July 4, 2018
American Independence: An English Celebration
By David Semple
242 years ago, on July 4th 1776, the European order was shattered by the most famous political declaration in modern history. The Thirteen American colonies of the British Empire declared independence:
“When in the Course of human events, it becomes necessary for one people to dissolve the political bands which have connected them with another, and to assume among the powers of the earth, the separate and equal station to which the Laws of Nature and of Nature’s God entitle them, a decent respect to the opinions of mankind requires that they should declare the causes which impel them to the separation.”
A generation of English Americans stood up and loudly declared, to the most liberal and free country in the Old World, their right to overthrow tyranny:
“We hold these truths to be self-evident, that all men are created equal, that they are endowed by their Creator with certain unalienable Rights, that among these are Life, Liberty and the pursuit of Happiness.–That to secure these rights, Governments are instituted among Men, deriving their just powers from the consent of the governed, –That whenever any Form of Government becomes destructive of these ends, it is the Right of the People to alter or to abolish it, and to institute new Government, laying its foundation on such principles and organizing its powers in such form, as to them shall seem most likely to effect their Safety and Happiness. Prudence, indeed, will dictate that Governments long established should not be changed for light and transient causes; and accordingly all experience hath shewn, that mankind are more disposed to suffer, while evils are sufferable, than to right themselves by abolishing the forms to which they are accustomed. But when a long train of abuses and usurpations, pursuing invariably the same Object evinces a design to reduce them under absolute Despotism, it is their right, it is their duty, to throw off such Government, and to provide new Guards for their future security.”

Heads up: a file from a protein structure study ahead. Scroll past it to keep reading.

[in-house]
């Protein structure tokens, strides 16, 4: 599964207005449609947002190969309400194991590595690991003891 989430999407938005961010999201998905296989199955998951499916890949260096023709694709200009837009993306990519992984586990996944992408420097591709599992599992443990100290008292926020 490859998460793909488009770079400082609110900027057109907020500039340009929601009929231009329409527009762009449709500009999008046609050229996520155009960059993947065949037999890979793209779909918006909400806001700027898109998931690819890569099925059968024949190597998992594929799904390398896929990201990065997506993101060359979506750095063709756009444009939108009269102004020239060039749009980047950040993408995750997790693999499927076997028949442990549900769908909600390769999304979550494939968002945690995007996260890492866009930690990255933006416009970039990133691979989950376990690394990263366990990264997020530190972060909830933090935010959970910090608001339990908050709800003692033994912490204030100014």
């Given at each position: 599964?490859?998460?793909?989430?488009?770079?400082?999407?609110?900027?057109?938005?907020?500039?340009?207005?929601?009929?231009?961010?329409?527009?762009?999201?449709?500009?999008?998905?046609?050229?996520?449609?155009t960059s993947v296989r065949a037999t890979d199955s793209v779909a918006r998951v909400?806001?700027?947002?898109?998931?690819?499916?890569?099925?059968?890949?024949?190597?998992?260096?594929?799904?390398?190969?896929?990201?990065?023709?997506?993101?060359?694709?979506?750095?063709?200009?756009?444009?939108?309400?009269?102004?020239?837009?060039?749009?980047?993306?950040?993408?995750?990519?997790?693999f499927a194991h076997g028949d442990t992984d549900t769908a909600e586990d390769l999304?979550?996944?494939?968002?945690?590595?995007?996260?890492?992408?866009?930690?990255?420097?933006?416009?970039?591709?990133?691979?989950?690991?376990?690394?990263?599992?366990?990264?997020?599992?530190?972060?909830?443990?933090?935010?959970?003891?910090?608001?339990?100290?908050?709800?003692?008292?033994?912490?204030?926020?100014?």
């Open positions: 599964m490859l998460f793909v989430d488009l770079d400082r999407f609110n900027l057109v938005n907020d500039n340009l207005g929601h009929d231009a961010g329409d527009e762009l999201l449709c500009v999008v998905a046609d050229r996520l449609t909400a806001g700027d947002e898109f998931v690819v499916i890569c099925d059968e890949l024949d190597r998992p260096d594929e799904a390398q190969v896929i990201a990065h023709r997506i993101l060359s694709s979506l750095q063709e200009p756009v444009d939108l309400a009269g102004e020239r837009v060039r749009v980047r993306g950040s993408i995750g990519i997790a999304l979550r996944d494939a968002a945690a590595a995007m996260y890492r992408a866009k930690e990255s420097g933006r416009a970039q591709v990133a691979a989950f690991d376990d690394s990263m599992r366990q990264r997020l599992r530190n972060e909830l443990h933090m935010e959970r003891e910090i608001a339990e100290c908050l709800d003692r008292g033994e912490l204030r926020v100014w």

The Queen Anne Flag, first flag of the American colonies
This week we celebrate the birthday of the United States of America. The United States has 50 states. Actually, there are 51. For England is and will always be the First State of the United States of America.
Remember, the Constitution of the United States is the greatest English political document since Magna Carta. The American War of Independence was an English civil war, a second civil in less than 130 years. This would be followed by a third civil war, between the North and the South, less than 90 years later. Remember too the Declaration of Independence was the beginning of the most democratic revolution in history.
Americans love Shakespeare perhaps more than the English, for Shakespeare is part of America’s heritage, as is Magna Carta, the King James Bible and the English Bill of Rights of 1688. The American Revolution was the greatest chapter in the battle for English freedom, for English values, culture and language. The United States is not a foreign country. It is the upholder of English freedom. It is the leader of the Western world.
England was our first America. Our ancestors came to England from the continent of Europe in search of freedom. The English settlement of America took that English journey of freedom to the New World.
England is not a European country; it is the foundation stone of the New World. Our language and our culture and our English freedoms and liberties have spread throughout the world, to North America, to Australasia and to India.
I am a Canadian, but England, the United States and Australia are my countries too. The English language and the English political and cultural heritage bonds us together in one international community, which we today call the Anglosphere, comprising different races and cultures, but tied together by our common language and political heritage.
1775 American colonial flag, with one stripe for each state